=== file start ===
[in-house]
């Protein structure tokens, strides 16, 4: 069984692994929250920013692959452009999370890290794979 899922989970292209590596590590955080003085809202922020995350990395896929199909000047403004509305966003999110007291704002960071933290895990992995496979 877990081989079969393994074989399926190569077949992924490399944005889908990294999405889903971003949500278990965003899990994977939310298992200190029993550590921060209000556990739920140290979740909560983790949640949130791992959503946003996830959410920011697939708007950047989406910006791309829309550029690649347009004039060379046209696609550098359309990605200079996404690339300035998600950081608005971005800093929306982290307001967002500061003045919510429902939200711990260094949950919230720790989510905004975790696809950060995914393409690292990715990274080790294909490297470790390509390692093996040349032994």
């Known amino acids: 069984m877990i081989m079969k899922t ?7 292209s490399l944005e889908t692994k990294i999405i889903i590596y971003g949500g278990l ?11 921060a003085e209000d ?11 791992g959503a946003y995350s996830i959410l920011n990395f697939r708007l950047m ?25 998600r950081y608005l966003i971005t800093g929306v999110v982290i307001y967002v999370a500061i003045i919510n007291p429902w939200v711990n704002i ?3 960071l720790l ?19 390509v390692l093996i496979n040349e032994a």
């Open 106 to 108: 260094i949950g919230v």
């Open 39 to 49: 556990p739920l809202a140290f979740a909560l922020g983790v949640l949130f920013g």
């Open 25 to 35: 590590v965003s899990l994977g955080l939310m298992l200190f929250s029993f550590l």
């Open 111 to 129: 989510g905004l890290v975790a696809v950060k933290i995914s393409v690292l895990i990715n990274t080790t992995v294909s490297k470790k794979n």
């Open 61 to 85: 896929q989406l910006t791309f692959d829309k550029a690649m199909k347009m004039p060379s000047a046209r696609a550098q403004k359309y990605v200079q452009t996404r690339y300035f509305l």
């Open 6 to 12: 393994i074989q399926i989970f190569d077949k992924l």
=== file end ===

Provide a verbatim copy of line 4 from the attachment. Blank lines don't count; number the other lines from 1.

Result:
């Open 106 to 108: 260094i949950g919230v």